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Tender Grassfed Barbecue: Traditional, Primal and Paleo by Stanley A. Fishman
By Stanley A. Fishman
Link to Tender Grassfed Meat at Amazon
By Stanley A. Fishman



I am an attorney and an author, not a doctor. This website is intended to provide information about grassfed meat, what it is, its benefits, and how to cook it. I will also describe my own experiences from time to time. The information on this website is being provided for educational purposes. Any statements about the possible health benefits provided by any foods or diet have not been evaluated by the Food and Drug Administration and are not intended to diagnose, treat, cure, or prevent any disease.

I do receive some compensation each time a copy of my book is purchased. I receive a very small amount of compensation each time somebody purchases a book from Amazon through the links on this site, as I am a member of the Amazon affiliate program.

—Stanley A. Fishman, author of Tender Grassfed Meat


Eating in Season: Roast Spring Lamb on the Bone

By Stanley A. Fishman, author of Tender Grassfed Meat

Roast Spring Grassfed Lamb with Asperagus and Potatoes--Recipe by Stanley A. Fishman

Roast Spring Lamb with Asperagus and Potatoes

Food is always better in season. Our ancestors knew this. Before food was industrialized, we would wait for that particular time of year that each fruit and vegetable would reach its peak of flavor and nutrition, when it would arrive at the markets with great anticipation. The first plump, juicy cherries, the first sweet corn of the year, the first fragrant peaches—were awaited eagerly and consumed with joy. People welcomed the first spring lamb of the year. This lamb, nourished by the rich green grass of spring, often flavored by the young flowers and herbs also loved by sheep, had a tenderness and flavor that was exquisite, beyond compare.

Lamb is available all year round now, and is not very popular in the United States. Most lamb raised in the US has been bred to gargantuan sizes, finished on grain rather than grass, and tastes nothing like the lamb humanity has enjoyed for most of history. No wonder people don’t like it. I don’t like it. But you can still find the real spring lamb, lamb finished on the sweet green grass of spring, lamb that is mild and sweet and tender, infused with the flavor of herbs, lamb that is absolutely delicious.

This lamb is at its absolute best when cooked on the bone, with the flavor of the meat being enhanced by the marrow, and the internal cooking aided by the heat conducted by the bone. It is even better when naturally basted with a cap of its own natural fat.

You can only find the real traditional lamb from grassfed farmers, who raise lamb the traditional way. This recipe was made with a bone in leg of lamb from Northstar Bison, whose lamb is exquisite (as is their bison).

No people honored lamb more than the Greeks, a tradition going back thousands of years. I have used Greek flavors with this wonderful grassfed lamb. Once you taste this lamb, you will understand why spring lamb was so valued.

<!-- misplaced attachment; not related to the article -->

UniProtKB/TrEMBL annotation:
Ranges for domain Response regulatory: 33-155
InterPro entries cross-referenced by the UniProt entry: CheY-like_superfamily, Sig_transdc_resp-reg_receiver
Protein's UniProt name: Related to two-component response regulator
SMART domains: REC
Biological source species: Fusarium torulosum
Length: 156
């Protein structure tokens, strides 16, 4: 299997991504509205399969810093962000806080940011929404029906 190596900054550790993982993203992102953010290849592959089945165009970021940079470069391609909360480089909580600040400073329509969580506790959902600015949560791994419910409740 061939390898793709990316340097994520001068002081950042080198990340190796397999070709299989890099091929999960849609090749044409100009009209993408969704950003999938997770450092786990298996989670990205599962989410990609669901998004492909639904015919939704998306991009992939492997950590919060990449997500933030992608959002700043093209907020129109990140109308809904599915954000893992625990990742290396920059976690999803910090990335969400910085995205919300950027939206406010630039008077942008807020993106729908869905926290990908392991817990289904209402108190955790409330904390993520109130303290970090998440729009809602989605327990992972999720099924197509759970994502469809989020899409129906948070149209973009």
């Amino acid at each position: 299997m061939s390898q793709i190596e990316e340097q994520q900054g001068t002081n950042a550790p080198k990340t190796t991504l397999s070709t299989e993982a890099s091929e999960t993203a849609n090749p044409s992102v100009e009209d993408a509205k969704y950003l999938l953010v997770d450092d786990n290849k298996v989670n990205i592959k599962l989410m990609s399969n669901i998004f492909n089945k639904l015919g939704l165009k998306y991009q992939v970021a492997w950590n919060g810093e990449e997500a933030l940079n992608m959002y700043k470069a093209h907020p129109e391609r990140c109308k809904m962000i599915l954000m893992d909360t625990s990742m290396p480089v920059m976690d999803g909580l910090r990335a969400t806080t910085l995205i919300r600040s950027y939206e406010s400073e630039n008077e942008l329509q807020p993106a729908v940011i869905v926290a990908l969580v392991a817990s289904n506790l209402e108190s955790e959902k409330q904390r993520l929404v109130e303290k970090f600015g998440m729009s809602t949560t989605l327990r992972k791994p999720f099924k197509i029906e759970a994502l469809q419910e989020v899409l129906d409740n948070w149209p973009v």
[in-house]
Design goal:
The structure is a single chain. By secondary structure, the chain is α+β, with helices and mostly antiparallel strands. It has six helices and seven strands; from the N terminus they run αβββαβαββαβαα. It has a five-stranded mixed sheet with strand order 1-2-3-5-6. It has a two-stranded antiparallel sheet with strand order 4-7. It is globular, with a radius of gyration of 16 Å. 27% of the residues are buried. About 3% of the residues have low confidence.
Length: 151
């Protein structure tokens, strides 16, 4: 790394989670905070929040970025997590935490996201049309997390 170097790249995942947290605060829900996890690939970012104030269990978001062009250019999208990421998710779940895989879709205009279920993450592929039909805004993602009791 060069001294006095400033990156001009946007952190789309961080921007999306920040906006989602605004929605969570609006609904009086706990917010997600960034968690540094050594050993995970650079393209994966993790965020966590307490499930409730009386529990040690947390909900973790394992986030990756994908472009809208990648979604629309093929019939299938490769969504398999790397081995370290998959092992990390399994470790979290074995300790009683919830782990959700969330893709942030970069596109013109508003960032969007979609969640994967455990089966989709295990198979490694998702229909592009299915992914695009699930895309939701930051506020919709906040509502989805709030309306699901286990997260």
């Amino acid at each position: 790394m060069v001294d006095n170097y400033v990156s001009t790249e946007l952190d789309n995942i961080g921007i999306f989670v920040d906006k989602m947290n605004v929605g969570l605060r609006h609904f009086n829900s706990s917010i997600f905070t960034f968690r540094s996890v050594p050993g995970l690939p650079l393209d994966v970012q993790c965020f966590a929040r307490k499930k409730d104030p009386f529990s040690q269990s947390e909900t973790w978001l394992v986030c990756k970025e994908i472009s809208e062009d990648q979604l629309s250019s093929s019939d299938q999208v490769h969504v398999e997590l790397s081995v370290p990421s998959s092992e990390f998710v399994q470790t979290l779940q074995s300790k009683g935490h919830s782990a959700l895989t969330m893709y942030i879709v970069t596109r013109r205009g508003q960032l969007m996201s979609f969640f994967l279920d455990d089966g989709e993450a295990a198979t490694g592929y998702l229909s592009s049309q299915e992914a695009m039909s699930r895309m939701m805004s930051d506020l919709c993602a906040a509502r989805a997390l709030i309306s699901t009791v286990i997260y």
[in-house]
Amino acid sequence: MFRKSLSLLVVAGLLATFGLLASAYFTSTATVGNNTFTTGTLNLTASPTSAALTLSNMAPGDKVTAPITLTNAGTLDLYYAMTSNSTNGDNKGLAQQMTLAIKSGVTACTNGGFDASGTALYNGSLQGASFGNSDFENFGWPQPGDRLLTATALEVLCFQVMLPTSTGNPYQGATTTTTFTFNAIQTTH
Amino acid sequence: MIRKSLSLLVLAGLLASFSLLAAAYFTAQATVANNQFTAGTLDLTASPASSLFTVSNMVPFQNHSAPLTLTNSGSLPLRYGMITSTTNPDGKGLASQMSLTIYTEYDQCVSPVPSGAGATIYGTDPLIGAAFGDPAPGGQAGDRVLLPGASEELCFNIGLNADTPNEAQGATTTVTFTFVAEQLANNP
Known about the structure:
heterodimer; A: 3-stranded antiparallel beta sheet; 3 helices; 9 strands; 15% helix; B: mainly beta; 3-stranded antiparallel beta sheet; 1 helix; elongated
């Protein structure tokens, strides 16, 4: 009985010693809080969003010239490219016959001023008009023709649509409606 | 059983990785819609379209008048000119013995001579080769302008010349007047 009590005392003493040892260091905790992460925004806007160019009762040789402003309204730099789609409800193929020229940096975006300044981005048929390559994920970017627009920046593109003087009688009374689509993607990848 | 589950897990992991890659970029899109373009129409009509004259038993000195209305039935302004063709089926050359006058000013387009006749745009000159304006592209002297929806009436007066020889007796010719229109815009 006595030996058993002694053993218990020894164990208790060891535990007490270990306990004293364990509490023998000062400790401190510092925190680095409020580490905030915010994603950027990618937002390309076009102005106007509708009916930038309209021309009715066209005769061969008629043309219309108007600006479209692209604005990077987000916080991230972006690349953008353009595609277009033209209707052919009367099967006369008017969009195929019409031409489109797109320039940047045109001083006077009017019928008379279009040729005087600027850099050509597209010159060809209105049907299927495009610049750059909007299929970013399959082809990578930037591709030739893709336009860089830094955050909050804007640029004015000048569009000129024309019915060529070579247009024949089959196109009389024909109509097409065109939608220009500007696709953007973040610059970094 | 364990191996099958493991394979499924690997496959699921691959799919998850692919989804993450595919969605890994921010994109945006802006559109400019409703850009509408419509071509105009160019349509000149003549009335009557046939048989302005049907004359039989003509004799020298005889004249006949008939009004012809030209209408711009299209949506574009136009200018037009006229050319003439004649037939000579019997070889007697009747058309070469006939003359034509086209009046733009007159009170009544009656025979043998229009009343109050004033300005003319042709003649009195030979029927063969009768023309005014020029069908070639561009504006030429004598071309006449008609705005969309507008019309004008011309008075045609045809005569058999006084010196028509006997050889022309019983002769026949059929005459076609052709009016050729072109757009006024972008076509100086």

Roast Spring Lamb on the Bone

1 (4-5½ pound) bone in leg of lamb, (if you cannot find a whole leg of lamb this small, you could use a half leg of lamb of equivalent weight)

4 cloves organic garlic, quartered

1 medium sized organic lemon, well washed

2 teaspoons fresh organic thyme leaves

1 teaspoon dried organic or imported oregano, preferably Greek or Italian

1 teaspoon freshly ground organic black pepper

1 teaspoon coarse unrefined sea salt, preferably French, crushed

4 tablespoons unfiltered organic extra virgin olive oil

  1. The night before you plan to cook the roast, cut 16 slits, about an inch deep, all over the top and sides of the lamb. Push a garlic quarter into each slit, as deep as it will go.
  2. Roll the lemon on a flat, hard surface, pressing down with your hand. This will help release the juice. Cut the lemon in quarters, and squeeze the juice into a glass bowl. Remove any seeds from the bowl. Reserve the lemon quarters.
  3. Add the thyme, oregano, pepper, salt, and olive oil to the lemon juice, and mix well to make a marinade. Place the lamb in a glass bowl, and coat well with the marinade. Crush the lemon quarters a bit in your hand (warning, your hand will smell like lemon), and press the yellow side of the lemon quarters into the meat. Cover, and refrigerate overnight.
  4. Remove the lamb from the refrigerator an hour before you plan to start cooking it, so it can come to room temperature. Preheat the oven to 425 degrees.
  5. Place the lamb in a roasting pan, fat side up, and pour any marinade left in the bowl over the lamb. Cook for 15 minutes. Remove the pan from the oven, baste with the pan drippings, and return to the oven. Cook for another 15 minutes. Remove the pan from the oven, baste with the pan drippings, and return to the oven. Turn the heat down to 300 degrees. Cook for another 30 to 50 minutes, depending on how you like your lamb.

Serve and enjoy! Remember that lamb tastes best when it is hot, not warm.

This recipe is part of Real Food Wednesday Blog Carnival at Kelly the Kitchen Cop.

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